Leaving Time for Modern History to Facilitate a Vibrant Peace Education in the U.S. Classroom


  • William David McCorkle College of Charleston


peace education, militarism, modern history, critical pedagogy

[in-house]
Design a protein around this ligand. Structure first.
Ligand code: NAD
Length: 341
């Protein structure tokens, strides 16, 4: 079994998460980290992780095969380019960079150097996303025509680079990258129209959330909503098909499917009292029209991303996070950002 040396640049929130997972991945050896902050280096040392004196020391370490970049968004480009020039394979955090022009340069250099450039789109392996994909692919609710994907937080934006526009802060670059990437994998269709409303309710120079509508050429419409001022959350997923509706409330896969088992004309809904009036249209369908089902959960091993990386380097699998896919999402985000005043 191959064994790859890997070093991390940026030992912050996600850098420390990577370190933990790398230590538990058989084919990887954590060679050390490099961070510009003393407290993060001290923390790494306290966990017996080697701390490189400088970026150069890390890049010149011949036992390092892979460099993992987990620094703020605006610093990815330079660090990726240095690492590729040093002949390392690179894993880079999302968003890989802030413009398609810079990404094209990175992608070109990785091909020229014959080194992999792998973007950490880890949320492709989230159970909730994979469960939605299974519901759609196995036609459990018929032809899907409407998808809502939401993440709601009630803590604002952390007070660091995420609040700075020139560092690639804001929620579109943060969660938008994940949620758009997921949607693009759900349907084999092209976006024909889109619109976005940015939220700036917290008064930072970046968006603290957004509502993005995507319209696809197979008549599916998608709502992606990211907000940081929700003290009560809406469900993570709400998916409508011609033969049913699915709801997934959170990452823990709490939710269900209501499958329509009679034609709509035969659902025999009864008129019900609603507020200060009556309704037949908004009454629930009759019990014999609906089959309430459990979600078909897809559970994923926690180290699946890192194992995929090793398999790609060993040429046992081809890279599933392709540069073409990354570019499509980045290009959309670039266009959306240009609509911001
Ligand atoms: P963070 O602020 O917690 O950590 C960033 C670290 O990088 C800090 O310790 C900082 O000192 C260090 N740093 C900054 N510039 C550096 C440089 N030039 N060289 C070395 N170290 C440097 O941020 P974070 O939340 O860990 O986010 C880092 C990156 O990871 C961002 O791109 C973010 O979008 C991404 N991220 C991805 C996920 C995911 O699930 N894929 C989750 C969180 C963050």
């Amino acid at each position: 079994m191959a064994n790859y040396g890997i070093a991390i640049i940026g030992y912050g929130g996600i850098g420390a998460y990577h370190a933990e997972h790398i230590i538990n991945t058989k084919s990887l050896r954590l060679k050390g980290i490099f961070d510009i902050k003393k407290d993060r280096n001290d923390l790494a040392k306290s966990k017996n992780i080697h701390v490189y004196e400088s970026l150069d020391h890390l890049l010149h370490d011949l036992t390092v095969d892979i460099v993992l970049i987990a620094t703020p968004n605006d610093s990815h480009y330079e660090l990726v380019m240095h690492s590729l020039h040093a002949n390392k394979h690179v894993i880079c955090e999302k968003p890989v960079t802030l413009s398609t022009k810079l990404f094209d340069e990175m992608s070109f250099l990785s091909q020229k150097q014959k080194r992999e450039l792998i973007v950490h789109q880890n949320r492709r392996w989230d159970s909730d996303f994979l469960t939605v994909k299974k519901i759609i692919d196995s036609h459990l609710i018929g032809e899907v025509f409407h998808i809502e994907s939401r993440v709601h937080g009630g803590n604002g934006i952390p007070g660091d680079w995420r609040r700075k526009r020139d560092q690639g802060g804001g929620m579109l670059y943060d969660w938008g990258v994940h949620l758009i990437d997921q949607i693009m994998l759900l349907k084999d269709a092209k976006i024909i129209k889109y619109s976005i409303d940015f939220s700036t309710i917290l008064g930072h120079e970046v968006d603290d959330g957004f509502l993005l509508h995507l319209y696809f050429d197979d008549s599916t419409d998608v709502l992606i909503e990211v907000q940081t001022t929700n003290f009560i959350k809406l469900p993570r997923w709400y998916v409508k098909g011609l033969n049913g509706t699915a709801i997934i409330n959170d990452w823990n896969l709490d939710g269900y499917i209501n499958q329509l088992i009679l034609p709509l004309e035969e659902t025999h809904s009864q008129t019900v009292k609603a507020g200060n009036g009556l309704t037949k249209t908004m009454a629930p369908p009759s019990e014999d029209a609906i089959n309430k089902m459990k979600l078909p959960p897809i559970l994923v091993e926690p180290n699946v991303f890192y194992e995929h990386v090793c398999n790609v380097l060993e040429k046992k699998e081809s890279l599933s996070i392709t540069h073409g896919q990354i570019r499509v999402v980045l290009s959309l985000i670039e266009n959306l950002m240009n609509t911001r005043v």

Modern history, particularly the time frame from the 1960s to the present, is often either completed skipped or given a cursory overview in many K-12 classrooms. Often, this is not done intentionally but is rather due to time constraints in the school schedule and inadequate planning for the disruptions of the typical school year. This contention of this article is that this is not only problematic from the aspects of historical knowledge and proper pedagogy, but particularly in the U.S. classroom this tends to reinforce ideas of militarism and the justifications of war by only focusing on more celebrated wars such as the War of Independence or World War II. By focusing on modern conflicts, teachers have an opportunity to integrate core ideas of peace education. Examples are given on how this critical and peace education approach can be used regarding four primary areas in recent U.S. history: The War in Vietnam, CIA interventions during the Cold War, the War in Afghanistan, and the 2003 Invasion of Iraq.